“Hereditary” is being described as a horror movie with intense elements of drama and that is certainly what it is, but more than anything else this is a movie about the pressures, stresses and blame that are passed from one family member to the next in search of a place of truth or reason or justification or whatever it might be that an individual party who is living at the time may or may not need in order to exist with the least amount of any of those things. Unfortunately, through the actions of Annie's mother Annie has seemingly felt nothing but fault and guilt for most of her life. As stated in the previous paragraph, Annie enlightens both the audience and those fellow members of her grief counseling group very early in the film that her family has a long-standing battle with mental illness and depression as her father starved himself to death while her brother hung himself after stating their mother was forcing people into his head. For these reasons and due to the fact, she then saw and felt it necessary to keep her first born, Peter (Alex Wolff), away from her mother Annie inherently feels this deep guilt; this sense of constant stress over whether letting her mother back into her life and the life of her second child, Charlie (Milly Shapiro), and whether that was the best choice despite seeming objections from her husband, Steve (Gabriel Byrne). Furthermore, the pressure of having these children that was applied to Annie that is eventually revealed only adds to the stress and guilt she feels when somewhat manifesting these feelings and fears into actions that are despicable and otherwise unexplainable. “Hereditary” is a movie about how these kinds of unspoken struggles often come to the surface in the ugliest of ways which is naturally intensified by the genre in which Aster has chosen to convey his story. We initially meet Annie and her family shortly after the death of Annie's mother which seems to be more of a period of relief than it is one of grieving-Byrne's Steve and Wolff's Peter are especially disinterested in mourning and more in moving on with their lives-but then there is Shapiro's Charlie who, by all accounts, is a rather odd individual. Charlie is quiet, she likes to draw, and every so often will make a "cluck" noise with her mouth to remind you she's present. Charlie also has strange habits of decapitating animals, sleeping outside in her tree house, as well as an unnerving connection with her grandmother-even after the matriarch has passed on. Everyone else in the family seems to ignore these strange traits or are so desensitized to Charlie's choices by now nothing seems out of the ordinary, but it is in the wake of this death in the family that what was thought to be the source of heartache a la evil that tensions only continue to rise rather than disintegrate.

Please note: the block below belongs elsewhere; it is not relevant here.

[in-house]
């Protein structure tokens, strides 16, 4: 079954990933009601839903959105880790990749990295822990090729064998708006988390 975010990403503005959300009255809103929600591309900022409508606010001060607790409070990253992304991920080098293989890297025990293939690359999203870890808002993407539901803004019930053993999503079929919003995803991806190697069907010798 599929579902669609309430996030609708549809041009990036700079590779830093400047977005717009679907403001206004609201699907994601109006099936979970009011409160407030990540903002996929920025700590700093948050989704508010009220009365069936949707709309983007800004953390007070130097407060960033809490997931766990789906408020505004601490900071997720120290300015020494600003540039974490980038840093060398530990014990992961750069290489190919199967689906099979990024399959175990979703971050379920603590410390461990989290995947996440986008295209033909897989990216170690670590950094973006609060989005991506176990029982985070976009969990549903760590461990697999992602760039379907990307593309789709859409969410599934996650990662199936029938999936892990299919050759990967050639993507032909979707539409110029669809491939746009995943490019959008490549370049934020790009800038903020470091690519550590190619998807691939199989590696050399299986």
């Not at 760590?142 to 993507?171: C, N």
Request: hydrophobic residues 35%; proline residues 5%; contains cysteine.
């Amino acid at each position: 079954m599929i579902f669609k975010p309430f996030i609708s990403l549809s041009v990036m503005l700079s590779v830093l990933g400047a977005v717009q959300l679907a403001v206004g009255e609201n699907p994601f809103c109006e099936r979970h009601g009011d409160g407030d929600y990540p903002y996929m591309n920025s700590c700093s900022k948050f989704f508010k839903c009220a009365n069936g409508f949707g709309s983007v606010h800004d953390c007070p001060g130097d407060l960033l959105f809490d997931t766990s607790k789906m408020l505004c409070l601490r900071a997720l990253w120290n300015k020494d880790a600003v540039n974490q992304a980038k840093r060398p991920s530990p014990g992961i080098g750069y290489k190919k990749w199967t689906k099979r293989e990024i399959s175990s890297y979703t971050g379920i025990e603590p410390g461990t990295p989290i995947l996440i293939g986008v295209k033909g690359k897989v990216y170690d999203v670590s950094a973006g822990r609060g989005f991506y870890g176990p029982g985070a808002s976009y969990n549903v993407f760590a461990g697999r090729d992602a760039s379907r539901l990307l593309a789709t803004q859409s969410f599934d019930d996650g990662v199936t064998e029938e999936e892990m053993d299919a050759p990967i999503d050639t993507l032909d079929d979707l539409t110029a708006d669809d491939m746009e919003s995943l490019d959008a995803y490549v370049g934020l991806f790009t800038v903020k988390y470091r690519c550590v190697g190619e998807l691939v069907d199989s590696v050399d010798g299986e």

It is then due to “Hereditary” basking in such rich material through its many themes and ideas that are intricately implemented that it also comes to be disappointing that the film does not feel more cohesive upon first viewing. After having read many other thoughts, theories, and critiques (or lack thereof) of the film it seems a second watch of the film might be extremely beneficial as far as seeing the throughline of how all the dots so precisely connect and while that's great news and something to look forward to (I was immediately intrigued by the thought of if this might be the rare exception where a horror film improves upon multiple watches) it also strikes me as being a caveat that shouldn't technically be necessary to fully appreciate what a great movie the film actually is. Is “Hereditary” a bad movie? Absolutely not. The craft on display alone is worth the full price of admission, but as far as how the narrative devolves into a rather rote re-imagining of such cult/witch devil-worshipping tribes requiring sacrifices to please one of their strangely-named deities it is rather disappointing and honestly, disheartening. It is not that “Hereditary” uses the horror genre as a way to tell its story - this is done effectively in multiple instances throughout “Hereditary” - but rather it is how the film takes advantage of the genre and uses it when Aster's imagination seems to otherwise lack a clear direction or idea as to how or where to take the story to both be as surprising and fresh. What makes where “Hereditary” eventually goes so disparaging is that so much of what precedes it feels destined for so much more. In fact, there is a sequence that lasts for a solid ten minutes that occurs near the end of the first act and it is within this scene that Aster brings every single one of his seeming talents together to craft something that is both a technical marvel as well as something literally breathtaking and narratively unsettling. Seriously. The sequence works so well in fact that, as we see what unfurls after these events, we are largely invested to better understand what these characters might do to cope rather than being interested in these characters for where their story arcs might lead. To best take advantage of the stage he sets for himself Aster goes to both complicated and abundantly interesting places as far as the family dynamics are concerned, but it is with the entrance of Ann Dowd's Joan that things become more standard horror movie fare. The best aspect of “Hereditary” is this chronicling of Annie's descent into insanity despite her best efforts to avoid this very fate. This coupled with the fact that Peter comes to be as crucial an element as any, despite the marketing pointing the audience to expect as much from Charlie. In this way, Aster plays on the audience’s assumptions and upends our expectations in ways that are still fulfilling from a story perspective because of these rich ideas that deal in sacrifice, greed, distrust between those we're told all our lives we should be able to rely on, and sometimes the complete abandonment of those we once loved or still do for the sake of something bigger or what is believed to ultimately be better.